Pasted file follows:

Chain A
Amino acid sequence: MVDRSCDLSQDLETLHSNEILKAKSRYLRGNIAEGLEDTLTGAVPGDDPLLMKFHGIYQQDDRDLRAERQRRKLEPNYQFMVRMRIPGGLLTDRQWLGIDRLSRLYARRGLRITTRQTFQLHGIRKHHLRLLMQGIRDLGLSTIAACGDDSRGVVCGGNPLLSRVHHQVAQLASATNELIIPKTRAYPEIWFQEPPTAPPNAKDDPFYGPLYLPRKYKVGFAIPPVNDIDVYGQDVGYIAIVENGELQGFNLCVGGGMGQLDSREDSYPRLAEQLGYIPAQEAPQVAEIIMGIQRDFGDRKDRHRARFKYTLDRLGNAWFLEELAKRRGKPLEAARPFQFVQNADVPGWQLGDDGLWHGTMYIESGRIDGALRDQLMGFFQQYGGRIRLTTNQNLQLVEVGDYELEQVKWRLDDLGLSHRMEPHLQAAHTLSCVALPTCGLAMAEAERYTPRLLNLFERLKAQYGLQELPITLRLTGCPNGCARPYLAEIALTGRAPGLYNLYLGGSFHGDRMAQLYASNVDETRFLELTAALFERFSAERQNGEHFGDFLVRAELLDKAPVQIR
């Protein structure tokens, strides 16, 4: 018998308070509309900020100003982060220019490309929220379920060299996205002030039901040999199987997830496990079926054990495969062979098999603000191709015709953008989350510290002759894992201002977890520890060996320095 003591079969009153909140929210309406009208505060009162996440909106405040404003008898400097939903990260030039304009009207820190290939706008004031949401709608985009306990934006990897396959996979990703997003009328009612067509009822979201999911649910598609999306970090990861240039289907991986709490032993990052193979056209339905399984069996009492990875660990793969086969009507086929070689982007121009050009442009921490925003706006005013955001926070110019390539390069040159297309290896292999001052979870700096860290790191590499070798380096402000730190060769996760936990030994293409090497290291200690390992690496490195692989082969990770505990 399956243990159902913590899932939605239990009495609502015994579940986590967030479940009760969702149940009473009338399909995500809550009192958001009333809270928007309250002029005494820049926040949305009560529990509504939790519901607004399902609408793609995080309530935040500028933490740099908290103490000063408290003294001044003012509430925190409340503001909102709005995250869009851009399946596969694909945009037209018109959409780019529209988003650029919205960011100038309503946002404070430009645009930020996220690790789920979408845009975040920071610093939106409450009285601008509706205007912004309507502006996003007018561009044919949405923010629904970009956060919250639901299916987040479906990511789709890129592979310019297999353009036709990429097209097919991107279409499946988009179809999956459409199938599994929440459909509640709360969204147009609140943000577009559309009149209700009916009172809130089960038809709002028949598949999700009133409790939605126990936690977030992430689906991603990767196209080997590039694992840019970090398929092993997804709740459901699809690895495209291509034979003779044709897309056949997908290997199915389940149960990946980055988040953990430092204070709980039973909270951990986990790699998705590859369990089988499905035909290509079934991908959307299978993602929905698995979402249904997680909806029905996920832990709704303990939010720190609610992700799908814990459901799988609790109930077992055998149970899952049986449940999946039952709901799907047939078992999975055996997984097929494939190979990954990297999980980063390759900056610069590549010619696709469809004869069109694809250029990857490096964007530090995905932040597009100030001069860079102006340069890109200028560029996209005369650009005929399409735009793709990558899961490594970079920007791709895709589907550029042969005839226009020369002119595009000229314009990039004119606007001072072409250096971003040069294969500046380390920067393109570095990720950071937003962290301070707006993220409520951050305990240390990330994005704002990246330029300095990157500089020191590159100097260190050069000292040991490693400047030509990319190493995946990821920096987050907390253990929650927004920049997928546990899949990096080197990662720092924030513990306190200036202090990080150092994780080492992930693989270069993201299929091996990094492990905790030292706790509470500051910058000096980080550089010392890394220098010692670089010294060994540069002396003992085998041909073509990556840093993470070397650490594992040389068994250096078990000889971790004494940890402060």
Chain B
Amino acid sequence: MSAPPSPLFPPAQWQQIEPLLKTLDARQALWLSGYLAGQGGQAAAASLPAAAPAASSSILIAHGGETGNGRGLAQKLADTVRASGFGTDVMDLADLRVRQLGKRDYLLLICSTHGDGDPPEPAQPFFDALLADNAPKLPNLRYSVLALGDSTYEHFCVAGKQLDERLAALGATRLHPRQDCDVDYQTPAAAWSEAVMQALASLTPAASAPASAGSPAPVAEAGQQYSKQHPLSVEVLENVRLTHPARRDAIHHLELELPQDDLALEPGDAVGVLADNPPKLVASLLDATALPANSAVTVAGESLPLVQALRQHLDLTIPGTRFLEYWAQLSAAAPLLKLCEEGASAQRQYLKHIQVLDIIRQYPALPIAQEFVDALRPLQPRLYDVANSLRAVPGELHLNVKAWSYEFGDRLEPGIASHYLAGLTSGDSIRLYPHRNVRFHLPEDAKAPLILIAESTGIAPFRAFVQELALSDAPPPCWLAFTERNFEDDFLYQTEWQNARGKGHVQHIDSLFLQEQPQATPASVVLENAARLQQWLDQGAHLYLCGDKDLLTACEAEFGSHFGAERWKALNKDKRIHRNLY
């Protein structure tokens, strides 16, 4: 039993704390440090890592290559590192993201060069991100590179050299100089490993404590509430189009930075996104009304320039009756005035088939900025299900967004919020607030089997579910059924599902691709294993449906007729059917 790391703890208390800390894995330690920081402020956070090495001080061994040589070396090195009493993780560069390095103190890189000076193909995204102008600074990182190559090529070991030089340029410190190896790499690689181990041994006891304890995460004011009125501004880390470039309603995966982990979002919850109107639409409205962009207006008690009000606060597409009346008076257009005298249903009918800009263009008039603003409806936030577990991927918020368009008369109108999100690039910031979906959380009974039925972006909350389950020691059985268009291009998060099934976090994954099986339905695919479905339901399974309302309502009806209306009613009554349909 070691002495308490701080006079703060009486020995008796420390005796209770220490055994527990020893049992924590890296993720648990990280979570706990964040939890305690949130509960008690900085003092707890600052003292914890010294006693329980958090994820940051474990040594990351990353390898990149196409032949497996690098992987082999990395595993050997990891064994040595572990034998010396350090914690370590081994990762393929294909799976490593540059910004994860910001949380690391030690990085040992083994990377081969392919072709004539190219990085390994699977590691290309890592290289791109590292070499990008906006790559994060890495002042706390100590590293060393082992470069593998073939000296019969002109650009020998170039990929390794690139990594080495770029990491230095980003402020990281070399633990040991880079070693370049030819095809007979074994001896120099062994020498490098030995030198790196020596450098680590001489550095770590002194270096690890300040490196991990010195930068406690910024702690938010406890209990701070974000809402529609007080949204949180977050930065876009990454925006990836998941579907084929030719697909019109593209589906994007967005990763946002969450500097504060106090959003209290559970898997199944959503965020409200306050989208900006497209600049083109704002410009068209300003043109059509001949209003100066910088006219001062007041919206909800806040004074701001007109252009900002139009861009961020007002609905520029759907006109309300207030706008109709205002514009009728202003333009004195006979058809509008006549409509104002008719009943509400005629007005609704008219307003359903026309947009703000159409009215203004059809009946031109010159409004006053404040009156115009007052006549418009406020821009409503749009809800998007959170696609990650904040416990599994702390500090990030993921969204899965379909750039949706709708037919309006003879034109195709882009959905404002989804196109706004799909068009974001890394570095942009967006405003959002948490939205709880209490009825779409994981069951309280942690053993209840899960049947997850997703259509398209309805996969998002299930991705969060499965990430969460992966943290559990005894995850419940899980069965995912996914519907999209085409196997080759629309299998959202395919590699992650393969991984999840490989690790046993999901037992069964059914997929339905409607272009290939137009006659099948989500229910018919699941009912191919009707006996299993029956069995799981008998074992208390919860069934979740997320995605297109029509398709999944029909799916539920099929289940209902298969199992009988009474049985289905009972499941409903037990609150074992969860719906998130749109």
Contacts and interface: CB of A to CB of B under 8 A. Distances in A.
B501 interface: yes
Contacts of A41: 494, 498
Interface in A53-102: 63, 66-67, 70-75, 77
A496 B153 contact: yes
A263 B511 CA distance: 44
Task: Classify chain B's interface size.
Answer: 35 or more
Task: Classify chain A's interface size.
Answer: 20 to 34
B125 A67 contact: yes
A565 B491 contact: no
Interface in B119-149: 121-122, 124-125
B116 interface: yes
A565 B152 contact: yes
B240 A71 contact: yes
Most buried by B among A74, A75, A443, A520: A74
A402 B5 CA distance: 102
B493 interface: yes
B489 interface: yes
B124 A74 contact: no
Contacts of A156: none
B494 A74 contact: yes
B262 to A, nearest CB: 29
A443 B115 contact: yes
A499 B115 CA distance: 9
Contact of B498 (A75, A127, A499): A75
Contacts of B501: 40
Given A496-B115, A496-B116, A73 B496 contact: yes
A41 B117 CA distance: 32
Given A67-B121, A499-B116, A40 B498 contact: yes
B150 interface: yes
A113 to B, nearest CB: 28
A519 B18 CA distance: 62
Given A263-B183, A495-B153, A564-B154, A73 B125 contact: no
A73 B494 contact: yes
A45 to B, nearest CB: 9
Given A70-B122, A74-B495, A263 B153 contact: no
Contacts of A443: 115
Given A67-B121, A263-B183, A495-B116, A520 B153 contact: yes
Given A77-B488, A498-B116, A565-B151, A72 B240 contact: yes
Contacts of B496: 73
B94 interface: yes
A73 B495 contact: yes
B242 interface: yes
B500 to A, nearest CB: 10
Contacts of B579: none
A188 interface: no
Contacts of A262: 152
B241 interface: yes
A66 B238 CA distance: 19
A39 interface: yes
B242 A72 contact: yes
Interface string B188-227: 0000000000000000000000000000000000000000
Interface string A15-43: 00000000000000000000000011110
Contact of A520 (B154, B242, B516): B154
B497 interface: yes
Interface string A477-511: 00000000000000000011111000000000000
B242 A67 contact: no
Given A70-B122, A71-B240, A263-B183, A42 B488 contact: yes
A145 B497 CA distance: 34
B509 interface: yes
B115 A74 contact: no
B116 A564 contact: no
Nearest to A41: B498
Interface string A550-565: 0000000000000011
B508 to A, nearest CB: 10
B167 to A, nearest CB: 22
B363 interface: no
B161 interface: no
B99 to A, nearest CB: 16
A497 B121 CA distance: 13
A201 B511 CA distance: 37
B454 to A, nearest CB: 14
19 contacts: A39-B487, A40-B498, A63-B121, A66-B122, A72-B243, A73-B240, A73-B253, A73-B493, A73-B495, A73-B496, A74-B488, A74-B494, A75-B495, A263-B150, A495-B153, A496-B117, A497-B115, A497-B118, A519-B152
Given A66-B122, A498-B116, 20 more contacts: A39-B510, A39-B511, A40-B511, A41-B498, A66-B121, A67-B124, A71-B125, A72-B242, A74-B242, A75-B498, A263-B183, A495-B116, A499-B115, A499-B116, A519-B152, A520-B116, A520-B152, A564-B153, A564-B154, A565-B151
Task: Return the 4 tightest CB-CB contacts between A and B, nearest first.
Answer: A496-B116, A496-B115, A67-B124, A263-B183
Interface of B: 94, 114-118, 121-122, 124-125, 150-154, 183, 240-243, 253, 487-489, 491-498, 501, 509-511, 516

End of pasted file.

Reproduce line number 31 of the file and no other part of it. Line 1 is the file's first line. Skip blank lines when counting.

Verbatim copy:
A443 B115 contact: yes